Let’s roll in. Continue reading

Compile LESS to CSS

Magento 2 utilizes the LESS preprocessor to simplify theming. This makes theme customization intuitive and promotes the writing of reusable and maintainable CSS codes through features like variables, mixins, and inline imports.

From standpoint of a frontend developer, LESS compilation (aka CSS preprocessing) is one of the most important part of M2’s static content deployment that you work most of the time on your Magento 2 custom projects.

To help you understand the context of this subject, this post will explain in brief about the LESS preprocessor for Magento 2, three types of LESS compilation. It also walks you through steps to compile LESS in server-side compilation mode for customizing your theme styles. Continue reading

Fixing URL Rewrites issue

You might be familiar with the option to add URL Rewrites in both Magento 1 and Magento 2, which is also referred to Search Engine Friendly URLs. Sometimes URL Rewrite issues arise when migrating data from Magento 1 to Magento 2. This guide will help you in troubleshooting when you encounter such issues.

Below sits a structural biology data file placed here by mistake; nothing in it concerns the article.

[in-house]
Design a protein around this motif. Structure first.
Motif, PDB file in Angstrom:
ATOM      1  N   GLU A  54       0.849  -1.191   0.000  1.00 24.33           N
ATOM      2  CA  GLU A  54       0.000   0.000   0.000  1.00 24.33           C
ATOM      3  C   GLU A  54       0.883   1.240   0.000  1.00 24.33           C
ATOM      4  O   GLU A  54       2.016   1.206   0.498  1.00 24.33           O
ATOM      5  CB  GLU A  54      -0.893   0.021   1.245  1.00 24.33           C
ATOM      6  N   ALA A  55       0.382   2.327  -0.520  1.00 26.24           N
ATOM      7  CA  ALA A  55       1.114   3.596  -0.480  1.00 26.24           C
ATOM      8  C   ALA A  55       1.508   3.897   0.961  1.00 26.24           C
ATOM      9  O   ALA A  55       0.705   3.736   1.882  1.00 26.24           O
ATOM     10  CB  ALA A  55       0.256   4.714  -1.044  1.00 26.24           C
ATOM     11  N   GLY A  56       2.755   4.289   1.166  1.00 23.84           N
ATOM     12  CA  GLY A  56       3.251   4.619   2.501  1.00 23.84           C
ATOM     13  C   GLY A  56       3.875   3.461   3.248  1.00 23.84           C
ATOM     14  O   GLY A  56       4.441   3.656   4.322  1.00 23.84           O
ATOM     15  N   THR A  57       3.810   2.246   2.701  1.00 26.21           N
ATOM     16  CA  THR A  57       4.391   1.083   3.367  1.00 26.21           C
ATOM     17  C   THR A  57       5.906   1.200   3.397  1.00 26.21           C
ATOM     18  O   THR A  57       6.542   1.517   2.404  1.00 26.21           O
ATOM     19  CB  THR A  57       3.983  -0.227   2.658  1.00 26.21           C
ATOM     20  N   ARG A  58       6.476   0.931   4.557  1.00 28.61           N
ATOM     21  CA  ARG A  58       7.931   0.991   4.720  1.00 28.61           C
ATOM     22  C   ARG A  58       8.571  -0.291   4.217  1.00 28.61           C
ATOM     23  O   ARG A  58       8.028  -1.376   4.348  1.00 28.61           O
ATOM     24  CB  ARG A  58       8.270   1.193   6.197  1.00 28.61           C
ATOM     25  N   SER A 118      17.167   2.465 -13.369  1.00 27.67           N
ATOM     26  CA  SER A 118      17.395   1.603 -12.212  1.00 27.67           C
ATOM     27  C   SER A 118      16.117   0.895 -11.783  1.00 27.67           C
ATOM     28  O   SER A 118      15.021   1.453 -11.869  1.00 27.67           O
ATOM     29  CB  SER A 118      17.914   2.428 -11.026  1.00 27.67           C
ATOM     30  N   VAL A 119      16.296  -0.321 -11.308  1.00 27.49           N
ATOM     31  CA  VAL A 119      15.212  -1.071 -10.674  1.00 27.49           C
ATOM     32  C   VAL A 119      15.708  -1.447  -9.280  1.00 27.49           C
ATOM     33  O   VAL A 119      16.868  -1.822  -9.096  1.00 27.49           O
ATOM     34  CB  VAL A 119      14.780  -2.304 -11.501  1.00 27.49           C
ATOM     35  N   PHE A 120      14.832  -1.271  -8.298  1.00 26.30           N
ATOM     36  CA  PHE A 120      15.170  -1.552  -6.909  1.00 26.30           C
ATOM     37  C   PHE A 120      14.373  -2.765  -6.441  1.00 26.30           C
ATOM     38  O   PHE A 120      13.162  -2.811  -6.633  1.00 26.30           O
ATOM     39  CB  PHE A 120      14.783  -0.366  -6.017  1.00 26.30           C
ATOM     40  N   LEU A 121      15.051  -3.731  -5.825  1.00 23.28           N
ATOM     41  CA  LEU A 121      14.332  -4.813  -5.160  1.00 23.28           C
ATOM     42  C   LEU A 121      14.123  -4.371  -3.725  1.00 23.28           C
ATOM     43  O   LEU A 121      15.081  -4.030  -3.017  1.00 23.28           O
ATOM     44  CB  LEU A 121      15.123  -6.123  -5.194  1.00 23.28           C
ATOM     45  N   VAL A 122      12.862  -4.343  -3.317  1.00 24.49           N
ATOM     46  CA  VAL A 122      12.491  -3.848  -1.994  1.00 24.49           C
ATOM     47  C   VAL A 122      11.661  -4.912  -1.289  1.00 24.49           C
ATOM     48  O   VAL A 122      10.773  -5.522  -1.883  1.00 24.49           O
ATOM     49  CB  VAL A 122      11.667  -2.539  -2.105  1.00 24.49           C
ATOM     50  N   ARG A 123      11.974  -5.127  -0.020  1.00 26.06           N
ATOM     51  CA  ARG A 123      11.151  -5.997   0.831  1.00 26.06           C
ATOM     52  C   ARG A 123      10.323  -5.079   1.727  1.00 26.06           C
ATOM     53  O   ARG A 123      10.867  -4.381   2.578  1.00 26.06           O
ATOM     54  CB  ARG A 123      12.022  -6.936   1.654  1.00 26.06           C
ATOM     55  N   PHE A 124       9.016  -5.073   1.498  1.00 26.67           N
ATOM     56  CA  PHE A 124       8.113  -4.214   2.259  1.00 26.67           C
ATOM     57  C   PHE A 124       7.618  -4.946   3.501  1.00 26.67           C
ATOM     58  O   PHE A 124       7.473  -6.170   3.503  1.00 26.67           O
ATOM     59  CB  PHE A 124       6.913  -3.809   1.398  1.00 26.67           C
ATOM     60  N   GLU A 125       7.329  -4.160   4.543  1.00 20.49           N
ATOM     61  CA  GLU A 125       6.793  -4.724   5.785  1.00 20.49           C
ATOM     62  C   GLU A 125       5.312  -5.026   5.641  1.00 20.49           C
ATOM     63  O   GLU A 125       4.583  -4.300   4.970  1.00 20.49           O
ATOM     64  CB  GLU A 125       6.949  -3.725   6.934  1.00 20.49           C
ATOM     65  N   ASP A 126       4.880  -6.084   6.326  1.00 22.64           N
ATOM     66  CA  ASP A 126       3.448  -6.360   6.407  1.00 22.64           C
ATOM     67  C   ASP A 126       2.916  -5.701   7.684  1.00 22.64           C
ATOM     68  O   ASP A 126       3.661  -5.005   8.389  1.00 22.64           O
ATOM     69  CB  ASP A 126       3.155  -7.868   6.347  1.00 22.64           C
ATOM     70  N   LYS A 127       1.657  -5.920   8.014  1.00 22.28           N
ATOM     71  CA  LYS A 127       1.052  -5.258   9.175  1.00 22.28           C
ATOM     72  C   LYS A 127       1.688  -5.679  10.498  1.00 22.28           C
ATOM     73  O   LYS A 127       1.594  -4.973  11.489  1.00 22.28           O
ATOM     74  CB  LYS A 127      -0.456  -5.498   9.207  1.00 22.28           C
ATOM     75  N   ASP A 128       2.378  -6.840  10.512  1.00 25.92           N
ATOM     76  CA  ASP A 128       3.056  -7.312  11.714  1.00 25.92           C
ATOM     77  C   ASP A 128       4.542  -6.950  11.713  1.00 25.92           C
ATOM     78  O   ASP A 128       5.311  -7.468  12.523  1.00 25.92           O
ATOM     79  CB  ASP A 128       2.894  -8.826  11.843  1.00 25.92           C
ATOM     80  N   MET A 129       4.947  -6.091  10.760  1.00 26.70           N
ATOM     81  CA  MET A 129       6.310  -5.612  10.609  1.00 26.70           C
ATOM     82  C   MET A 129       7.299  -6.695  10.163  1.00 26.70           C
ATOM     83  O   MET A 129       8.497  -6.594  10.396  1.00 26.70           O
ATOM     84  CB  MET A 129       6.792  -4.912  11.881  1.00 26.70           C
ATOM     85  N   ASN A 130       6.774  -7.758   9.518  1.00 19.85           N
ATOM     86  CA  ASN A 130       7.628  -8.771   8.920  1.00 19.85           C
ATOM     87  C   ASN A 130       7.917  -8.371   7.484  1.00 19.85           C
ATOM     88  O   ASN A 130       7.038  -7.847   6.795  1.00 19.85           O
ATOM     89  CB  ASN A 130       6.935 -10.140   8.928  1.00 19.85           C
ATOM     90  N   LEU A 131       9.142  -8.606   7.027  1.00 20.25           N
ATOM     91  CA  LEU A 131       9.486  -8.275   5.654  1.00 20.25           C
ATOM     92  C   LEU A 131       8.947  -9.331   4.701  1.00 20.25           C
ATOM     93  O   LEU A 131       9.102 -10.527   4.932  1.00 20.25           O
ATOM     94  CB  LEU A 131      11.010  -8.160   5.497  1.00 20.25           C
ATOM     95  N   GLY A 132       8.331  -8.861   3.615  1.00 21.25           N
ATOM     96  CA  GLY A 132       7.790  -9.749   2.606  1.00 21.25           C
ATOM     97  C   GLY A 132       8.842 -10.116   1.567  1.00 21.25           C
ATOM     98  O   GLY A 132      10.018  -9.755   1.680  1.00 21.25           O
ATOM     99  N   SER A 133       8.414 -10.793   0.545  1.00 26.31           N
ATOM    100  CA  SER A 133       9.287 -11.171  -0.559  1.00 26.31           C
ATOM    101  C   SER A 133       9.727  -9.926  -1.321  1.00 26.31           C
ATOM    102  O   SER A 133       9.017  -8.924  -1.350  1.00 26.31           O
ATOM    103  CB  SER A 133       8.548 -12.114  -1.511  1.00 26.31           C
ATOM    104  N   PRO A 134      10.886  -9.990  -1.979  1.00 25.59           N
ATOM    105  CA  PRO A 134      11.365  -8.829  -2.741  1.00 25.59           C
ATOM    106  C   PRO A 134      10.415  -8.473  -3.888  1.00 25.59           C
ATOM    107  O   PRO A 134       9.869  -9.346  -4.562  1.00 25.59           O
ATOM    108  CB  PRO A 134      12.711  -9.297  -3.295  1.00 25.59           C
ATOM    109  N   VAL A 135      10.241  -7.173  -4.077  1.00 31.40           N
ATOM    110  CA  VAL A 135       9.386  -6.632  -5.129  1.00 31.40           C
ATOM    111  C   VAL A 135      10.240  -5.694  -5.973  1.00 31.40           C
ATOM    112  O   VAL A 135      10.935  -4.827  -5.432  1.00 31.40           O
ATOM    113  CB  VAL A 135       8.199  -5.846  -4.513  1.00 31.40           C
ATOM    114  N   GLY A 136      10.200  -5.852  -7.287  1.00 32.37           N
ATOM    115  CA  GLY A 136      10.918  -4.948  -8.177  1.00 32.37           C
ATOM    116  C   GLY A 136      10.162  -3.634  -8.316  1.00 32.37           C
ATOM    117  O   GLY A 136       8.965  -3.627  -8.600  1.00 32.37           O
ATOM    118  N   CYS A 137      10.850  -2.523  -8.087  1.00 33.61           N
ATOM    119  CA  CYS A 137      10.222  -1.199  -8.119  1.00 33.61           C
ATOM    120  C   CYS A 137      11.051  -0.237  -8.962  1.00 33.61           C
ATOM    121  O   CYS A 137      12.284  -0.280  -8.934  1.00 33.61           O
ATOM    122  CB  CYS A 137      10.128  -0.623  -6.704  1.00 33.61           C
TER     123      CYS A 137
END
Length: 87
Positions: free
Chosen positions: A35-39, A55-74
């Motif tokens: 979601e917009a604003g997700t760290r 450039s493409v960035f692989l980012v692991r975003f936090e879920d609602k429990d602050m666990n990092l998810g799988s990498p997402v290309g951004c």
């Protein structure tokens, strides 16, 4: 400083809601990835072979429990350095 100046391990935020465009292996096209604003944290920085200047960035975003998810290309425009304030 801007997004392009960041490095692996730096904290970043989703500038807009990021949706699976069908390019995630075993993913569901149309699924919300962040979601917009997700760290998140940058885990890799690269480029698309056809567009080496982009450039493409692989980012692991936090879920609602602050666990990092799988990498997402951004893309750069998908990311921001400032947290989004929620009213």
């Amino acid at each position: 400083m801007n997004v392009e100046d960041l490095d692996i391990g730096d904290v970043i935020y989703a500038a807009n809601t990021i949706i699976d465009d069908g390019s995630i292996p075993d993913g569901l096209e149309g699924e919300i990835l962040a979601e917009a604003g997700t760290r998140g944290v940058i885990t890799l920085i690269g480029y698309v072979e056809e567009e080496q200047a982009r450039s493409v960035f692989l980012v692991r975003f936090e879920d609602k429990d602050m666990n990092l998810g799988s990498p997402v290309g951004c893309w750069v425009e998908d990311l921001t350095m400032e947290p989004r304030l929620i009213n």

What is URL Rewrite?

URL rewrites make it possible to make your existing Magento store URLs more ‘search engine friendly” and also easier for visitors to read.

Within Magento, the system URL looks similar:

  • For a Product URL: /catalog/product/view/id/10
  • For a Category URL: /catalog/category/view/id/11

The ‘catalog’ segment refers to the Catalog module of the Magento core, followed by other segments indicate that a product with ID 10 or a category ID 11 should be displayed on the page. No matter how often the URL changes, these ID remains the same.
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Magento 2 CLI

Magento 2.0 has a Command-Line Interface (CLI) to help developers manage installation and configuration tasks. It saves a lot of time for developers during the development time. The new command-line interface can do many things, such as:

  • Installing Magento
  • Clearing the cache
  • Managing indexes, including reindexing
  • Configuring and running cron
  • Compiling code
  • Setting the Magento mode
  • Setting the URN highlighter
  • Creating dependency reports
  • Creating translation dictionaries and language packages
  • Deploying static view files
  • Creating symlinks to LESS files
  • Running unit tests